Sign says 'For Sale,' but Newtons intend to stay
- Article by: KEN RITTER
- Associated Press
- March 15, 2013 - 7:13 PM
LAS VEGAS - The sign may read "For Sale" outside the sprawling southeast Las Vegas estate that Wayne Newton dubbed "Casa de Shenandoah."
But Newton's wife, Kathleen McCrone Newton, said Friday that even if a bidder snatches up the property at auction May 31, the "Mr. Las Vegas" crooner and his family have no intention of moving out.
"We stay here until we choose to leave. We have that right," Kathleen Newton told The Associated Press. "Even if at some point the property gets sold, it gets sold with us here."
She said a lease with a partnership that purchased the nearly 40-acre property for $19.5 million in June 2010 will let the couple and their 10-year-old daughter stay in the gold-trimmed opulent main house.
The mansion, featuring 17th century antiques and keepsakes from performers like Frank Sinatra, Elvis Presley and Bobby Darin, was to have been the featured attraction in a "Graceland West" attraction commemorating the career of the 70-year-old "Mr. Las Vegas" crooner. But those plans have crumbled.
Kathleen Newton's sister, Tricia McCrone, lives in another home on the property. Newton's 92-year-old former longtime personal secretary, Mona Matoba, lives in a third.
An exotic menagerie including Newton's penguins, swans and Arabian horses also stay, Kathleen Newton said.
Well, maybe not, said Joseph Wielebinski, a Dallas-based lawyer representing the property owner, CSD LLC, in a bitterly contested Chapter 11 reorganization.
"We have teed up that issue for resolution by the judge," Wielebinski said. "It is anything but certain whether the Newtons remain on the property or not."
The Newtons don't own the Casa de Shenandoah property anymore, Wielebinski said.
While Newton certainly owns his famous Arabian horses, he doesn't own the irrigated green pastures where they graze. The court will have to decide if he owns the barns where they're kept. And leases can be broken during bankruptcy reorganization.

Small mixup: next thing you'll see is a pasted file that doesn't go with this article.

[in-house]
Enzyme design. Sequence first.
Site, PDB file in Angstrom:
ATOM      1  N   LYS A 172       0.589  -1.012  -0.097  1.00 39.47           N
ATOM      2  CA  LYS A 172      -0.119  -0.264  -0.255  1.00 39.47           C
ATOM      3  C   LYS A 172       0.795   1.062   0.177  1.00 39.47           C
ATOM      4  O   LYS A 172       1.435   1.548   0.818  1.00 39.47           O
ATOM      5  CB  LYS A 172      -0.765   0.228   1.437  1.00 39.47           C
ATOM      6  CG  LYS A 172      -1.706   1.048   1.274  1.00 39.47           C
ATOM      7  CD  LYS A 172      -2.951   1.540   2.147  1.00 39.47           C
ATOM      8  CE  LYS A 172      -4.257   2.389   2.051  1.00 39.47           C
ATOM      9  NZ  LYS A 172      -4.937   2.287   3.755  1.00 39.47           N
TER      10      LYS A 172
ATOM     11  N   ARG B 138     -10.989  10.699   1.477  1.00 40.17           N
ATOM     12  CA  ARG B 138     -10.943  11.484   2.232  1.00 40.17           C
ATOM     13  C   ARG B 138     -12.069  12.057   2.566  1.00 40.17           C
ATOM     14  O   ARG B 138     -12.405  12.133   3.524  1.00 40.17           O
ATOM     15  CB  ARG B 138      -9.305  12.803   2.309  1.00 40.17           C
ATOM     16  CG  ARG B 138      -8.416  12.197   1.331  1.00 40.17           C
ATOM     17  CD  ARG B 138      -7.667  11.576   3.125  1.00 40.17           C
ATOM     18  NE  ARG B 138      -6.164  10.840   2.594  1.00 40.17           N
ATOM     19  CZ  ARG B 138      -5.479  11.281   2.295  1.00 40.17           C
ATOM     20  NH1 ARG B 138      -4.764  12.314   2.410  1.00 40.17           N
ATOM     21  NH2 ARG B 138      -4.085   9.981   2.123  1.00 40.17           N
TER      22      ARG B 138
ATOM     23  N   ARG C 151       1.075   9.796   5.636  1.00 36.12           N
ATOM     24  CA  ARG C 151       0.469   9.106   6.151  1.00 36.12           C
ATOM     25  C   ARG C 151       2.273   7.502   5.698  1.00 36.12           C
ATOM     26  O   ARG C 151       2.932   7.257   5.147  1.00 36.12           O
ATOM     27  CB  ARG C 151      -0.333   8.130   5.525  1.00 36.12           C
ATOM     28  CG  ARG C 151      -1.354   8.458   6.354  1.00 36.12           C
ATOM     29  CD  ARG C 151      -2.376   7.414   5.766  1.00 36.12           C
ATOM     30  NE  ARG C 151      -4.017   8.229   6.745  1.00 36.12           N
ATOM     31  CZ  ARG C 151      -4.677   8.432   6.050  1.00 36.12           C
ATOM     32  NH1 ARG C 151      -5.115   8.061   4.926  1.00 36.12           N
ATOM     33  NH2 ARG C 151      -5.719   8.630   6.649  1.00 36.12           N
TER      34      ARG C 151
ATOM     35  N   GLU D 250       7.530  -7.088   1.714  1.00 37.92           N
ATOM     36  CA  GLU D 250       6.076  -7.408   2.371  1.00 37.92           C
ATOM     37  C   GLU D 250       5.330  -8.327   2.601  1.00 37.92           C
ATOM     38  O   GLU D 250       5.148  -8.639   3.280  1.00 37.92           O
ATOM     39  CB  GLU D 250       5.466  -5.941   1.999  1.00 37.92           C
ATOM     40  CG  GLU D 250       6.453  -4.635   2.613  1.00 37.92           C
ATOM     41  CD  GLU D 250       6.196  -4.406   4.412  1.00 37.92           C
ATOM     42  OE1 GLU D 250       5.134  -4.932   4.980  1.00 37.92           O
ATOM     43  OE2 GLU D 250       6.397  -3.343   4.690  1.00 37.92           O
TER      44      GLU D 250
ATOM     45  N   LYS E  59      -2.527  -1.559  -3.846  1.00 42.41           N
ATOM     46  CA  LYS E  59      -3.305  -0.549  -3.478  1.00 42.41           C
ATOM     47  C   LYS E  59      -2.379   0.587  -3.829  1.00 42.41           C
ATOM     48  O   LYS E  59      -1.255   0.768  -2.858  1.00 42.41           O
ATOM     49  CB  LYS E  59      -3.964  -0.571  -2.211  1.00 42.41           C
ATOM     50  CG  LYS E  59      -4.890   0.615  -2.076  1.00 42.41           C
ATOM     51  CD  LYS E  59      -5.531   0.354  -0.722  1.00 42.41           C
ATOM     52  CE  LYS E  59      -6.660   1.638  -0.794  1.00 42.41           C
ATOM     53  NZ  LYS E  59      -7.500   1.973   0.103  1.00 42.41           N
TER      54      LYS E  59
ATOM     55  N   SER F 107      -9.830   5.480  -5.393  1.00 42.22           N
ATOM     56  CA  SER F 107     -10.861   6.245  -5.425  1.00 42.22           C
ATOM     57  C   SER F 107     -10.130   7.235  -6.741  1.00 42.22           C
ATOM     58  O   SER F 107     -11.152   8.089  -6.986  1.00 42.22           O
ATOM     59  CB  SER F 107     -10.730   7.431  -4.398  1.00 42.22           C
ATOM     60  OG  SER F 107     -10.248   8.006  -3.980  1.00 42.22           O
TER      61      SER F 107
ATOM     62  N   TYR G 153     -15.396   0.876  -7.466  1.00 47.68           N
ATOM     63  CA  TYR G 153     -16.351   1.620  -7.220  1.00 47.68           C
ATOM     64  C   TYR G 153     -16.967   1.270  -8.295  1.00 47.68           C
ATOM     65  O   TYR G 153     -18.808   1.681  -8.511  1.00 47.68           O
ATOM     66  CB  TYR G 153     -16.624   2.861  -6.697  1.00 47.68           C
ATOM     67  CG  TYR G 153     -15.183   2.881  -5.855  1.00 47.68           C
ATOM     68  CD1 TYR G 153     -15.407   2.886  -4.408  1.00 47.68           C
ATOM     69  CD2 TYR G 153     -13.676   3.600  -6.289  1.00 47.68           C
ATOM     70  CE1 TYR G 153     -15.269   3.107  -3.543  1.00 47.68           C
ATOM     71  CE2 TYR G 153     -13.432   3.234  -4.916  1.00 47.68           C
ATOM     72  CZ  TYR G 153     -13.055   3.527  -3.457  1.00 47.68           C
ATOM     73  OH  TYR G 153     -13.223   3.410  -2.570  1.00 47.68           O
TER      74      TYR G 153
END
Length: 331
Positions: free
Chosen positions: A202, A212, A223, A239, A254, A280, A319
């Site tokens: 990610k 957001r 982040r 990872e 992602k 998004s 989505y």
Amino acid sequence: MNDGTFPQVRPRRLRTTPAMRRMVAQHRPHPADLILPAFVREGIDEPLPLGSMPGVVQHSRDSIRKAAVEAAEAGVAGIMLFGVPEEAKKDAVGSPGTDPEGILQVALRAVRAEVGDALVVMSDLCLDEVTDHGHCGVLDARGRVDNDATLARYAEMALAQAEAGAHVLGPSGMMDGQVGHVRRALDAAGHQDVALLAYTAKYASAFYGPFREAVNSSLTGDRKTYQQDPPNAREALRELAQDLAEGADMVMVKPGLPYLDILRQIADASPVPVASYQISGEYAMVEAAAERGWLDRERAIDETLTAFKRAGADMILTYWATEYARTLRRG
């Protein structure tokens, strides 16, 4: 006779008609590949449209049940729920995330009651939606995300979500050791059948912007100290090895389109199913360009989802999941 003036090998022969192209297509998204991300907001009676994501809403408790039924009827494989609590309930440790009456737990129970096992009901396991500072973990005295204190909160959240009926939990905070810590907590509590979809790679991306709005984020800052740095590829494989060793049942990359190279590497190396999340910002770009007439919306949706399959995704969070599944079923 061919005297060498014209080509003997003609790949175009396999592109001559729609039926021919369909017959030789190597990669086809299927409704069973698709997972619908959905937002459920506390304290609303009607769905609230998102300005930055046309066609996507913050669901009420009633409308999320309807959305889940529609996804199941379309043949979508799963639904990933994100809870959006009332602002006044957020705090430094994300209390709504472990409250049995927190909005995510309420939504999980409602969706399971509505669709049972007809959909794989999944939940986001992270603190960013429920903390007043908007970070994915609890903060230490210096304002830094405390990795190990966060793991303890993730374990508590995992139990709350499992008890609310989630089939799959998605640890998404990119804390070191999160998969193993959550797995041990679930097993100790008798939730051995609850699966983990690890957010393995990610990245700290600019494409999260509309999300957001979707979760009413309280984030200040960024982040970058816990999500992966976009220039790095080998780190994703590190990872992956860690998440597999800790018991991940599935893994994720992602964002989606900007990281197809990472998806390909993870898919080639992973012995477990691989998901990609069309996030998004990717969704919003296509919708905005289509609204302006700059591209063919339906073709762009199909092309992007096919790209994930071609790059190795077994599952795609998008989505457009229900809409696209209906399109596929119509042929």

"This is a business divorce. Everything is contested," Wielebinski said.
U.S. Bankruptcy Court Judge Bruce Markell in Las Vegas is poised during hearings March 29 and April 8 to rule on questions about who owns what.
The judge last month approved letting CSD sell animals including two sloths, several wallabies and more than 100 birds including swans, a crowned crane, macaws and love birds for $27,300 to a wildlife center in northern Oregon.
Kellie Caron, curator at the Zoological Wildlife Conservation Center in Rainier, Ore., didn't list penguins among the animals she said she expects to be taking in. She said the animals involved in the sale belonged to CSD, not the Newtons.
The breakup is complicated by the structure of the June 2010 land purchase deal around which the Wayne Newton tourism attraction would have been built.
Wayne and Kathleen Newton, through a business entity called Sacred Land LLC, own 20 percent of their bankrupt landlord, CSC LLC. Lacy and Dorothy Harber of Texas, through DLH LLC, own 70 percent of the property ownership entity. CSD Management LLC, made up of project manager Steven Kennedy and his partner, Geneva Clark, have a 10 percent stake.
There is also intense acrimony between the parties. The two sides traded allegations of fraud, mismanagement, animal abuse and sexual harassment even before the case reached bankruptcy court. Newton lawyer J. Stephen Peek alleged during a breach of contract hearing last summer in state court there had been death threats.
One thing that Newton attorney Bryce Kunimoto and Charles McCrea Jr., an attorney representing the Harbers, agreed upon Friday was that nothing was certain.
"Though CSD will probably disagree, the Newtons have a right under the lease to remain on the property," Kunimoto said.
McCrea said the Newtons may be able to remain in the three houses if they want.
"But they will not have control over the entire `Casa de Shenandoah' property, only that portion occupied by the houses," he said. "The Newtons may decide they don't want to stay in the houses because they will have little say on what may be developed around them."
© 2016 Star Tribune